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Calcium-dependent potassium channels as target to increase drug delivery to brain tumors

LOS ANGELES (May 22, 2002) In a study conducted in rats, researchers at Cedars-Sinais Maxine Dunitz Neurosurgical Institute modulated the calcium-dependent potassium channels of blood vessel cells to increase permeability of the blood-brain tumor barrier (BTB). As a result, they were able to selectively deliver drugs directly to the area of brain tumors without increasing delivery to normal brain tissue.

Results of the study appear as the cover article of the June issue of the Journal of Pharmacology and Experimental Therapeutics. The findings represent what may be a major step toward providing significantly more effective drug therapy for patients suffering from brain tumors.

The blood-brain tumor barrier is a mechanism that naturally occurs within brain tumor capillaries, the tiny blood vessels at the ends of small arteries that feed a tumor. The BTB functions as a tumors defense mechanism, significantly blocking the amount of cancer-killing medications that reach the tumor.

The key to the blood-brain tumor barrier and the researchers ability to manipulate it is the activity that takes place within the cells of tumor capillaries at the calcium-dependent potassium channels.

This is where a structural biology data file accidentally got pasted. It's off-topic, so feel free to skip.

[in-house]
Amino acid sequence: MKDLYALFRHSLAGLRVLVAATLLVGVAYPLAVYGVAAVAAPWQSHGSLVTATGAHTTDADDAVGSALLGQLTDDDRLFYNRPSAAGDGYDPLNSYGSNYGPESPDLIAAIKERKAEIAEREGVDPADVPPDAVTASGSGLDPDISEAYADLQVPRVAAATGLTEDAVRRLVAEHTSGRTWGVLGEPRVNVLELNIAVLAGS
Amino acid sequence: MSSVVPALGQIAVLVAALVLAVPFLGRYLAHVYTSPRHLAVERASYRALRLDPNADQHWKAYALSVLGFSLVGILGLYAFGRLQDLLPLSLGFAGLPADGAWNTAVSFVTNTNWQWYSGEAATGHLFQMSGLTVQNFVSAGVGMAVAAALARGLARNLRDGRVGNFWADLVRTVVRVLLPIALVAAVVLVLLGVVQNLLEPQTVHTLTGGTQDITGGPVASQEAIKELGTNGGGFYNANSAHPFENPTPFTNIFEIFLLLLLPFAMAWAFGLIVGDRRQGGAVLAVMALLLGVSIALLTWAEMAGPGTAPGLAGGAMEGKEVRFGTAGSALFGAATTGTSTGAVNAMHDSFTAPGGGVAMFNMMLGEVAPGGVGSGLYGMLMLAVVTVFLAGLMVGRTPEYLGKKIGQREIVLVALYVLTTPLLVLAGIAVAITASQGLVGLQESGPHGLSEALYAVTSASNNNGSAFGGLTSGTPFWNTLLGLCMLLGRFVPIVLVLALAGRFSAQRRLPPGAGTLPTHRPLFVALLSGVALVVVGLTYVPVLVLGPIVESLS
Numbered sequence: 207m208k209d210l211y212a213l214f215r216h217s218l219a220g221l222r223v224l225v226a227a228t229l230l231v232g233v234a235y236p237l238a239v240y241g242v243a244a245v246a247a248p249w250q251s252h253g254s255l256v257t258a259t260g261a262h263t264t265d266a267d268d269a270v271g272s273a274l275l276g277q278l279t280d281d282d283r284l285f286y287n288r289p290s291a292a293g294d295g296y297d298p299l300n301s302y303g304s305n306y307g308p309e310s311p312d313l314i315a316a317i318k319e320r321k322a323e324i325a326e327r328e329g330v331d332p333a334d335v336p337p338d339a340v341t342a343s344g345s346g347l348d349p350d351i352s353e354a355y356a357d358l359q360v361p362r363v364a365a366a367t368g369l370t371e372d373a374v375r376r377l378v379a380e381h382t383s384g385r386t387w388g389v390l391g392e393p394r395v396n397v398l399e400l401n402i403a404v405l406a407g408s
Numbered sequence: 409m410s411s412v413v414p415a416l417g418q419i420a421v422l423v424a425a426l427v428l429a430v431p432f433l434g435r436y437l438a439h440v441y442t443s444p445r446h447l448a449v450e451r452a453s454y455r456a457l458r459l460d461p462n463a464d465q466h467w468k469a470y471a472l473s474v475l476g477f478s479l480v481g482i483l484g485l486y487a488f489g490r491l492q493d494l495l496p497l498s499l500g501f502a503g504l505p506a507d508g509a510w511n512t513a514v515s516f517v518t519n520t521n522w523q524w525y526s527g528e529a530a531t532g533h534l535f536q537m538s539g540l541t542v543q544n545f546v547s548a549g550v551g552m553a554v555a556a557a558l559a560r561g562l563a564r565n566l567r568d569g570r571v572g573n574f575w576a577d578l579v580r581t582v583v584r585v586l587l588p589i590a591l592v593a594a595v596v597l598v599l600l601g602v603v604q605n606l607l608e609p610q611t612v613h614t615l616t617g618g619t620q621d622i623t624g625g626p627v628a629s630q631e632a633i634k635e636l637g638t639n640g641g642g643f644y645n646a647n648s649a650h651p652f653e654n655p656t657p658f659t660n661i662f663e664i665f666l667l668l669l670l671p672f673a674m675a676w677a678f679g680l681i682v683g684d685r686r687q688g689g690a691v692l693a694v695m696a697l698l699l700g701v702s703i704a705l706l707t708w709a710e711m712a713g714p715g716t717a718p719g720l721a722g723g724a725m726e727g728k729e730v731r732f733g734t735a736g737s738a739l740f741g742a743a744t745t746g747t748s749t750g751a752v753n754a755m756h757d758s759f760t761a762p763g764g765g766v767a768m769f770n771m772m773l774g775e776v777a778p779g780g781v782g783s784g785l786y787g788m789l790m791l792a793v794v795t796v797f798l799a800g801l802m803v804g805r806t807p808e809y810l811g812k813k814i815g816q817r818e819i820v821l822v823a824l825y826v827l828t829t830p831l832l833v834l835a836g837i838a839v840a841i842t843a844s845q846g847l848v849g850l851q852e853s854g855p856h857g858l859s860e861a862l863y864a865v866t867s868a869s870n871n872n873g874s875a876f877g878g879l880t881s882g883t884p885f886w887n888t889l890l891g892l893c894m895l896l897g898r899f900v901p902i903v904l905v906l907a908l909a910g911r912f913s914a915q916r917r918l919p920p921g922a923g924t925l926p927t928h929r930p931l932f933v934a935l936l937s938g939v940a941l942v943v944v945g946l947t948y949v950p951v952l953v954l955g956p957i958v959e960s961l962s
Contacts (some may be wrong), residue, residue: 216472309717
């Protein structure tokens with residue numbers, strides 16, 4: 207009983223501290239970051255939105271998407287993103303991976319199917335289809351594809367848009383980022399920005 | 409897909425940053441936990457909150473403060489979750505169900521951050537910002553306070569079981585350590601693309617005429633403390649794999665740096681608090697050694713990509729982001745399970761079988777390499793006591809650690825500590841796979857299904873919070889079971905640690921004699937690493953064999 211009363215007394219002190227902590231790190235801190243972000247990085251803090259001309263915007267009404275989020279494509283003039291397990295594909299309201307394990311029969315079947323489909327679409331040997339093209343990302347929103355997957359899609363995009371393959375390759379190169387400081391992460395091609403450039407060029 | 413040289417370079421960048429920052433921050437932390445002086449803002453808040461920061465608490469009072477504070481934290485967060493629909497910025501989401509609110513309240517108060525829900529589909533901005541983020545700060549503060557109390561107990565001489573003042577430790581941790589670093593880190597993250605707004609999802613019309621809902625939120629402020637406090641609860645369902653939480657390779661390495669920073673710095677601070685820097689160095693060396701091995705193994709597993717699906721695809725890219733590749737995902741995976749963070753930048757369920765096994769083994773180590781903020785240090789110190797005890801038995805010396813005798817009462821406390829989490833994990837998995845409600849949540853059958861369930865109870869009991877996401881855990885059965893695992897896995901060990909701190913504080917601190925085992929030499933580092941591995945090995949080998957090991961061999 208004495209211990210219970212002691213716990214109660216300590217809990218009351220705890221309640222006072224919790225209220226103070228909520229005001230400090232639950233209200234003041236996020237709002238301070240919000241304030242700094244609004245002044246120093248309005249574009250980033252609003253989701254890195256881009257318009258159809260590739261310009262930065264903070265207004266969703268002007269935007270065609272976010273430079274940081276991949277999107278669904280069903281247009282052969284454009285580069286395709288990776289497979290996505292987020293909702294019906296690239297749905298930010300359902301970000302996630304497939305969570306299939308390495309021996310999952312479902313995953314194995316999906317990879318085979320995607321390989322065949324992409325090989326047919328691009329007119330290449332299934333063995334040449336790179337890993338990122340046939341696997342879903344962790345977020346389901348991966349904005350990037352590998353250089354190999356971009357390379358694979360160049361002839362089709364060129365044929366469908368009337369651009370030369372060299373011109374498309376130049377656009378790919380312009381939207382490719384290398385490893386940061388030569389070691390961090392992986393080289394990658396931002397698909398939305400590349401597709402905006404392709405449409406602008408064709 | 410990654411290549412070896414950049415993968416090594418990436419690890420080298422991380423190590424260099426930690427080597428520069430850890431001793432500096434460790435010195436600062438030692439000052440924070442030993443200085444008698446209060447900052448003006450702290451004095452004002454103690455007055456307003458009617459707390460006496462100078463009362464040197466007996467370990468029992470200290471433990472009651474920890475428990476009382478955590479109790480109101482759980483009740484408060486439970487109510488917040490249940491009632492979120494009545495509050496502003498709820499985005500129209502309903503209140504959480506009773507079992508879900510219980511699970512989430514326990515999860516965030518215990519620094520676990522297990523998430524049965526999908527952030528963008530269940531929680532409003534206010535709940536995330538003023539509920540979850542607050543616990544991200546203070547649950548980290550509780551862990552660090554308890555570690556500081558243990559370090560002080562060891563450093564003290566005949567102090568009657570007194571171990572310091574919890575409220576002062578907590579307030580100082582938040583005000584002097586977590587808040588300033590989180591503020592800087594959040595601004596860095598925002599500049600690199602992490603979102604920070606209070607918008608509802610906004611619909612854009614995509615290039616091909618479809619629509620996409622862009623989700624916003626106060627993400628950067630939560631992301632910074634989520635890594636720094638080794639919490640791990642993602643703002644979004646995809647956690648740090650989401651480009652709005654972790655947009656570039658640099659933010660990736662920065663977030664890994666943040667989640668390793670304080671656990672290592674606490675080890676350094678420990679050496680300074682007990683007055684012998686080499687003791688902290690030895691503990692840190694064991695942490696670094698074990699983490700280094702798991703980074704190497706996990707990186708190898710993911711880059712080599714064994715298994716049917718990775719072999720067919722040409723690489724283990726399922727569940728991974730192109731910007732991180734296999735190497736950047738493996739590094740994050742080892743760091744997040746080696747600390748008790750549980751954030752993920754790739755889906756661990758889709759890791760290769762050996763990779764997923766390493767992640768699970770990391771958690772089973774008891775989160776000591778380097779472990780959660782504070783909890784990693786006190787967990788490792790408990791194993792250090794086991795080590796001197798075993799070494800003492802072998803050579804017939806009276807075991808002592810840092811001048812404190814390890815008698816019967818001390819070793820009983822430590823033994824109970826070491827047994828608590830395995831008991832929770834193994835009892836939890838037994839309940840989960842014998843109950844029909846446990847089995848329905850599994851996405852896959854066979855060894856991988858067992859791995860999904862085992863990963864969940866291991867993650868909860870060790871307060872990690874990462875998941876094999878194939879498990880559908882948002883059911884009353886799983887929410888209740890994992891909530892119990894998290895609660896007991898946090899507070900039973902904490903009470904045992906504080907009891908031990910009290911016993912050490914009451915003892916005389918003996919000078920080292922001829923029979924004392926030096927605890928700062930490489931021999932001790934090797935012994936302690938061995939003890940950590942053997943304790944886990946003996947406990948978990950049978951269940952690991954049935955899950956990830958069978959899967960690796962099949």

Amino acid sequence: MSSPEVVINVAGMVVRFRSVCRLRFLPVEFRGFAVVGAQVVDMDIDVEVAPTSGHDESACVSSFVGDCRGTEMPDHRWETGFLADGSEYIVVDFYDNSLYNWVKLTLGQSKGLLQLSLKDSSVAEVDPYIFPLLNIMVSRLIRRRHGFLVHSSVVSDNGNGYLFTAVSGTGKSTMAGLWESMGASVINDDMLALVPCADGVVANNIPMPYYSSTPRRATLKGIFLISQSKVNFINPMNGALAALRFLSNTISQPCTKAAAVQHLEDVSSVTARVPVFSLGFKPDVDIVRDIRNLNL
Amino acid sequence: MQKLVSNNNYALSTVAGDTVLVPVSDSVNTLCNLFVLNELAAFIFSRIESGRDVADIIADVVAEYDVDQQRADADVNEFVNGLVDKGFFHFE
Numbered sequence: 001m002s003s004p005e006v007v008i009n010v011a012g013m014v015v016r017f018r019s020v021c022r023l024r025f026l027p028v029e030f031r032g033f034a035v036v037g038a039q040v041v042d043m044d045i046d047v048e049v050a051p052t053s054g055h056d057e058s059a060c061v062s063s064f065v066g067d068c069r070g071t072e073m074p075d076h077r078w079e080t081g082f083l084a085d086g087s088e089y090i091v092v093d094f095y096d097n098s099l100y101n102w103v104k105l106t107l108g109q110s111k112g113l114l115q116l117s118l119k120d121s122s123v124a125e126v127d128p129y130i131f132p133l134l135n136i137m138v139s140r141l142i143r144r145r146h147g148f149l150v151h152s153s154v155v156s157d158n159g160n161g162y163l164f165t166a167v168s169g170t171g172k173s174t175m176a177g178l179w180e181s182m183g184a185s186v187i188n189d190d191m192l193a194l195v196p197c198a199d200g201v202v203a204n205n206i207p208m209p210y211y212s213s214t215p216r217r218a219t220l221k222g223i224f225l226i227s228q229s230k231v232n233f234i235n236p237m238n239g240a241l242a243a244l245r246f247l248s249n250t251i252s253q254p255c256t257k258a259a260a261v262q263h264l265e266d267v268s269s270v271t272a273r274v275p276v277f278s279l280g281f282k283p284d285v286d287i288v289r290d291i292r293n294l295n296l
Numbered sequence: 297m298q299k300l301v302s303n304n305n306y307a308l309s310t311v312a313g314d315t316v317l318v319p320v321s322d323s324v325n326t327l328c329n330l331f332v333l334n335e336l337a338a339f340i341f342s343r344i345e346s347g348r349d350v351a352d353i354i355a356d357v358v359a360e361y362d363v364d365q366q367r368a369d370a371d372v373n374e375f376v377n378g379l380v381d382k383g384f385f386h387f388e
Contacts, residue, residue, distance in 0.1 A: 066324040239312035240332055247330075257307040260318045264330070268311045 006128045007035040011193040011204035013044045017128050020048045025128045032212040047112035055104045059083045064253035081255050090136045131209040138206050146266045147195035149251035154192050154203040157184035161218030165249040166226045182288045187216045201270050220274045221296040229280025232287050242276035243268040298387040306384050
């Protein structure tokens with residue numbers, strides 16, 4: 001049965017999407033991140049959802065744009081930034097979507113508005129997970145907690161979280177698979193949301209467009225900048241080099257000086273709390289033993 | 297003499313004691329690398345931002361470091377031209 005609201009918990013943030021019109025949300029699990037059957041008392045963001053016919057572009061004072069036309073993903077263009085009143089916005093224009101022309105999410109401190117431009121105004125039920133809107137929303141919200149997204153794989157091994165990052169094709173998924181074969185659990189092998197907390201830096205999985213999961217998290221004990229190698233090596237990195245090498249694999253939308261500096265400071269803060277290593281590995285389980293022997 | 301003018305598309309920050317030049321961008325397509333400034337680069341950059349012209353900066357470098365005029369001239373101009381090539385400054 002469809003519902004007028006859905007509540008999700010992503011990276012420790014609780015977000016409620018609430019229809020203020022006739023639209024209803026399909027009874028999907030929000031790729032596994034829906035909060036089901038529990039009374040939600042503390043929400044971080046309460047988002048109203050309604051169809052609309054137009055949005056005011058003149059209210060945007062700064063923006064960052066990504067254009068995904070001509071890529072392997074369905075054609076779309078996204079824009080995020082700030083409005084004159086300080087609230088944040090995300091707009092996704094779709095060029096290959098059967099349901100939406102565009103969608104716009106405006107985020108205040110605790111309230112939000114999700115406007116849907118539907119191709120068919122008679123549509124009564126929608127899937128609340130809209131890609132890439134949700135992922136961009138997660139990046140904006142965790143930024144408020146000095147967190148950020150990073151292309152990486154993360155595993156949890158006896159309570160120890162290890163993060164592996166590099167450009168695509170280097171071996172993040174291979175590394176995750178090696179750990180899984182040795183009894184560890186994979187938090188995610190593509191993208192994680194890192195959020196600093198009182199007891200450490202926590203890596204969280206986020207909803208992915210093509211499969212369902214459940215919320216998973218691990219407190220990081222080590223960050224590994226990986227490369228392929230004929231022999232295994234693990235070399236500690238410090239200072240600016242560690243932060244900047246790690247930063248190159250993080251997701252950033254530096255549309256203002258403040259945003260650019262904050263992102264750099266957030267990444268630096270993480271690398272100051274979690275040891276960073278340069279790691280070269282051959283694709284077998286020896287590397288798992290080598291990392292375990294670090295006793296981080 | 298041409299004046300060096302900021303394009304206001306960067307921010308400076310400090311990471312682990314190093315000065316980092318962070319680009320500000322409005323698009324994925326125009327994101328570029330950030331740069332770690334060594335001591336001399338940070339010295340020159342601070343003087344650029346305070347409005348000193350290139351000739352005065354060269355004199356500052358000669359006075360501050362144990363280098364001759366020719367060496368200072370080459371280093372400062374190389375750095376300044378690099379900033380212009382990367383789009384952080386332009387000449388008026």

Many functions of cells depend on positive- and negative-charged chemicals, or ions, flowing into and out of the cells through membranes. Ions enter and exit through protein structures called channels. Specific channels permit passage of specific ions, and gates open and close to regulate the flow. While some gates are controlled by voltage changes, others are activated by the presence of a secondary chemical, in this case, calcium.

Previous studies have shown that calcium-dependent potassium channels in cerebral blood vessels regulate vessel tone, affecting dilation and constriction. Another important function performed by calcium-dependent potassium channels is preventing toxins in the bloodstream from passing through the cells and reaching those of t
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Contact: Sandra Van
sandy@vancommunications.com
1-800-880-2397
Cedars-Sinai Medical Center
22-May-2002


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